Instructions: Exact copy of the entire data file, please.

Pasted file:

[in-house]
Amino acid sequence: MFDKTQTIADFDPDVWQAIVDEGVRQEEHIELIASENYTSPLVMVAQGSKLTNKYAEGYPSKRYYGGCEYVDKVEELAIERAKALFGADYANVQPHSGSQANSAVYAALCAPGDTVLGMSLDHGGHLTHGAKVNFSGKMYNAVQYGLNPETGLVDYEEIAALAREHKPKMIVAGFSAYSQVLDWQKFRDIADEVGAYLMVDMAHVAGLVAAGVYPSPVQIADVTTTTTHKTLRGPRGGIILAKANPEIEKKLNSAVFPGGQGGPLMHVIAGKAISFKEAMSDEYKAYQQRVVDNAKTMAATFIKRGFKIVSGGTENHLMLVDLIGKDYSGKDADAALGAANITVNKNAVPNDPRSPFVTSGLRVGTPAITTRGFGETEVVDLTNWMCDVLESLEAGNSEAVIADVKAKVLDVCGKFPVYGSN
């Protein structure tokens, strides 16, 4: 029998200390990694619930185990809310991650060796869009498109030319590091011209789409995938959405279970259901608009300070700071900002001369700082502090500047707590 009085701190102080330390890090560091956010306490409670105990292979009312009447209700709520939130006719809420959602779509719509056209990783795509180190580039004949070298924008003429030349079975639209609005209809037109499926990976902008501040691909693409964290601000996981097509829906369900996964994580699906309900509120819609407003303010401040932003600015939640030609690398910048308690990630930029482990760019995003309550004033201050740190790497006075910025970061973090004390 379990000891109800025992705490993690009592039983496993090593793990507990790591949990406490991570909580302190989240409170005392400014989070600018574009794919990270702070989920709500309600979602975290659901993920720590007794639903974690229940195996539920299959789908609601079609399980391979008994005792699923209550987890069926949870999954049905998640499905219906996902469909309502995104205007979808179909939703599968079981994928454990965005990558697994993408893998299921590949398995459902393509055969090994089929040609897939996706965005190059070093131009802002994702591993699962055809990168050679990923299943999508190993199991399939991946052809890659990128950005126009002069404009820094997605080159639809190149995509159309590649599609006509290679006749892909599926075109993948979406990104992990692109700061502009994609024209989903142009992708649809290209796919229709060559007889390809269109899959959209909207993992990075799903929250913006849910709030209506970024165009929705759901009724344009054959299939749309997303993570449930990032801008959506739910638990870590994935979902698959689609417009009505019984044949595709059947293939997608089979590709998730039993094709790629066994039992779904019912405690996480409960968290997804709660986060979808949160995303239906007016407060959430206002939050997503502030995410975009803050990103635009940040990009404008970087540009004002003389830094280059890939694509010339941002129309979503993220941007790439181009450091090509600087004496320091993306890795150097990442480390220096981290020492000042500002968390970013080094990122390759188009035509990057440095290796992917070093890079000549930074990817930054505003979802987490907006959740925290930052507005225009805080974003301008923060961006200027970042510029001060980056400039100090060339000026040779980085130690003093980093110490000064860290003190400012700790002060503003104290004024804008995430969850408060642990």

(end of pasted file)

[in-house]
Amino acid sequence: MFDKTQTIADFDPDVWQAIVDEGVRQEEHIELIASENYTSPLVMVAQGSKLTNKYAEGYPSKRYYGGCEYVDKVEELAIERAKALFGADYANVQPHSGSQANSAVYAALCAPGDTVLGMSLDHGGHLTHGAKVNFSGKMYNAVQYGLNPETGLVDYEEIAALAREHKPKMIVAGFSAYSQVLDWQKFRDIADEVGAYLMVDMAHVAGLVAAGVYPSPVQIADVTTTTTHKTLRGPRGGIILAKANPEIEKKLNSAVFPGGQGGPLMHVIAGKAISFKEAMSDEYKAYQQRVVDNAKTMAATFIKRGFKIVSGGTENHLMLVDLIGKDYSGKDADAALGAANITVNKNAVPNDPRSPFVTSGLRVGTPAITTRGFGETEVVDLTNWMCDVLESLEAGNSEAVIADVKAKVLDVCGKFPVYGSN
């Protein structure tokens, strides 16, 4: 029998200390990694619930185990809310991650060796869009498109030319590091011209789409995938959405279970259901608009300070700071900002001369700082502090500047707590 009085701190102080330390890090560091956010306490409670105990292979009312009447209700709520939130006719809420959602779509719509056209990783795509180190580039004949070298924008003429030349079975639209609005209809037109499926990976902008501040691909693409964290601000996981097509829906369900996964994580699906309900509120819609407003303010401040932003600015939640030609690398910048308690990630930029482990760019995003309550004033201050740190790497006075910025970061973090004390 379990000891109800025992705490993690009592039983496993090593793990507990790591949990406490991570909580302190989240409170005392400014989070600018574009794919990270702070989920709500309600979602975290659901993920720590007794639903974690229940195996539920299959789908609601079609399980391979008994005792699923209550987890069926949870999954049905998640499905219906996902469909309502995104205007979808179909939703599968079981994928454990965005990558697994993408893998299921590949398995459902393509055969090994089929040609897939996706965005190059070093131009802002994702591993699962055809990168050679990923299943999508190993199991399939991946052809890659990128950005126009002069404009820094997605080159639809190149995509159309590649599609006509290679006749892909599926075109993948979406990104992990692109700061502009994609024209989903142009992708649809290209796919229709060559007889390809269109899959959209909207993992990075799903929250913006849910709030209506970024165009929705759901009724344009054959299939749309997303993570449930990032801008959506739910638990870590994935979902698959689609417009009505019984044949595709059947293939997608089979590709998730039993094709790629066994039992779904019912405690996480409960968290997804709660986060979808949160995303239906007016407060959430206002939050997503502030995410975009803050990103635009940040990009404008970087540009004002003389830094280059890939694509010339941002129309979503993220941007790439181009450091090509600087004496320091993306890795150097990442480390220096981290020492000042500002968390970013080094990122390759188009035509990057440095290796992917070093890079000549930074990817930054505003979802987490907006959740925290930052507005225009805080974003301008923060961006200027970042510029001060980056400039100090060339000026040779980085130690003093980093110490000064860290003190400012700790002060503003104290004024804008995430969850408060642990």